Hardy Plumbing
June 15, 2011

Post-Katrina Fiction In New Orleans

(click for larger version)
One day during my college years, my future ex-wife and I were walking through the French Quarter when she just started yelling at a mime. "Mimes are evil," she reasoned. Unfortunately, the mime got fired up by her tirade and silently harangued us for a block.

In "Infamous 2," the mimes of New Orleans truly are vile. They congregate as a gang of 30 or so, hurling rocks at you, until you electrocute them to death with superpowers. Somewhere in America, a validated ex-wife may be very happy about this.

So, yes, you have superpowers in "Infamous 2," portraying a superhero who journeys for 12 hours or so through a New Orleans-inspired city called New Marais.

You portray Cole, a New Yorker in a dystopian New Orleans — I mean New Marais — to uncover even more electric powers so you may kill a big bad guy planning to bring full destruction to the city.

New Marais, in an era following a Hurricane Katrina-size disaster, has devolved into battle zones run by The Militia, gangs, thugs, radiated-swamp monsters (50 times larger than New Orleans' nutria rodents) and ice creatures (yes, ice creatures in Louisiana humidity).

"How could they let a bunch of hick fascists take over their city?" a game character wonders.

Yet, the carefree people of New Marais continue to walk scary streets, refusing to be bullied, saying things like "screw y'all, screw A.A." You save these stoic residents from the clutches of the depraved.

Actually, this is a karma game. You can use your powers for good or evil. If you play as a saintly Cole, you electrocute and freeze bad guys (using ice shards, a different power) while reviving injured residents and defusing bombs.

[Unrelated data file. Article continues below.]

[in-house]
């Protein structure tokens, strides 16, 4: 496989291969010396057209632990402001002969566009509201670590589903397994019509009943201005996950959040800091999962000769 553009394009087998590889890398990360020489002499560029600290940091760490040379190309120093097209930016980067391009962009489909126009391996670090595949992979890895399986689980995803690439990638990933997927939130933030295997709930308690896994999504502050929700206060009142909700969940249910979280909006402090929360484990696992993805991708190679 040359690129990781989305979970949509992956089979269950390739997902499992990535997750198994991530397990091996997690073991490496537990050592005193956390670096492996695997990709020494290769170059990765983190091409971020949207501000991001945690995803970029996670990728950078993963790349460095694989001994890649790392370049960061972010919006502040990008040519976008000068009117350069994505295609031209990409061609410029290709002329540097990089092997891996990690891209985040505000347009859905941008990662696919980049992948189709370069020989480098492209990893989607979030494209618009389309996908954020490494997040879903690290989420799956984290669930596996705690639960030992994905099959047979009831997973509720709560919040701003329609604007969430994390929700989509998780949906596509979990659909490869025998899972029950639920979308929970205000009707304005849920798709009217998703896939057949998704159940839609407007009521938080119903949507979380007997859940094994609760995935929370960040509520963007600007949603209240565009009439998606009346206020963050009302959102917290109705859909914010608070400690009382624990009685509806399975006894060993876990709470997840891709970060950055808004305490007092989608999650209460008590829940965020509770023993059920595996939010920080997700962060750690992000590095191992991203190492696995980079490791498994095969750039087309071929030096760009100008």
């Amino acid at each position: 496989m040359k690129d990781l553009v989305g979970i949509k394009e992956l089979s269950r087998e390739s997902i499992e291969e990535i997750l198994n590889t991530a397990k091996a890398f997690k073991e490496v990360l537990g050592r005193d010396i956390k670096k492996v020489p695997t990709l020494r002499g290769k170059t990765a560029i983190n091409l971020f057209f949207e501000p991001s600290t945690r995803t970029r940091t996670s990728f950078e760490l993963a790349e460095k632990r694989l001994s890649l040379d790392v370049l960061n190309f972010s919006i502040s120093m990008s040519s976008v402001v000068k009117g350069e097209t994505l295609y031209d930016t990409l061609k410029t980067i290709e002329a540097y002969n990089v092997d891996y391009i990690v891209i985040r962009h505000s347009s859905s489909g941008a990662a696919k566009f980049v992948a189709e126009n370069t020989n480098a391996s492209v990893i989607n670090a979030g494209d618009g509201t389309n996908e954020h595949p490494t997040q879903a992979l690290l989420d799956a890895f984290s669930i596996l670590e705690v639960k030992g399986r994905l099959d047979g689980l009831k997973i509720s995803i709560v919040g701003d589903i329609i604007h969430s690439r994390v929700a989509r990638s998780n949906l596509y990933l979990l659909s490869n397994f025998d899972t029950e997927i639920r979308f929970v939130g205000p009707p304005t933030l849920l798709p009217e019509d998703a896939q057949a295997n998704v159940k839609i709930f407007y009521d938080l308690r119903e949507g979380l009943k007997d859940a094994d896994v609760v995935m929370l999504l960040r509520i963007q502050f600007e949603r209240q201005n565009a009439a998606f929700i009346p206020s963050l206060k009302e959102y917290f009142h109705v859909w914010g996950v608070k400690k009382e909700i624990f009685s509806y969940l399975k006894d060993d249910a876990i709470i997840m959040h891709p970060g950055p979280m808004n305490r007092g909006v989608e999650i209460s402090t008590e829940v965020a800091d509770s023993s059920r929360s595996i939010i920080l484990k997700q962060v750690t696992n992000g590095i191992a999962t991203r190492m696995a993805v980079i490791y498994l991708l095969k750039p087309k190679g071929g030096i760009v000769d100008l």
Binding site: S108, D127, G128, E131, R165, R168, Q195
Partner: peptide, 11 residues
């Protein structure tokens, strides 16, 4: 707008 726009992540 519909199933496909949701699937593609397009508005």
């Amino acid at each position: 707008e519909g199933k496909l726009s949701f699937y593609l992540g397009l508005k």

If you play as evil Cole, you electrocute and blow up bad guys, but you also up beat up street musicians playing harmonica, sax and drums.

New Orleans is a perfect setting for an electricity hero. You jump atop streetcars' overhead lines, allowing your electric feet to power-speed you across the city. In the water-filled suburb of Flood Town, you use superhuman jumps to bounce from roof to roof, avoiding falling into floodwaters.

"Infamous 2" has an interesting story, dialogue, voice acting, fine pacing, well-designed missions and plenty of side missions. Game play is reminiscent of the "Spider-Man" sandbox/open world games.

There are hitches. The game doesn't always respond to my button pushing. The penultimate scene was very buggy on my PlayStation 3. And sandbox/open-world games are a well-tread genre.

But this is probably the best New Orleans game ever made. Battles go down at dilapidated mansions, above-ground cemeteries and historic squares. The hero is sympathetic to residents' plight. Although, another character refers to the city as "the ass end of the South."

Actors, of course, get the drawls wrong. Characters speak movie Southern rather than New Orleans' "yat" and other local tongues. And men call each other "brother" instead of "bro'," which is entirely unforgivable.

("Infamous 2" by Sony retails for $60 for PS 3 — Plays fun. Looks very good. Pretty challenging. Rated "T" for blood, drug reference, language, sexual themes, use of alcohol and violence. Four out of four stars.)

Doug Elfman is an award-winning entertainment columnist who lives in Las Vegas. He blogs at http://www.lvrj.com/columnists/Doug_Elfman.html.

Reader Feedback Submission
Use this form to submit Reader Feedback.
* required value
Your Name*




Site Search

2107 Capeletti Front Tile
Gurney's Inn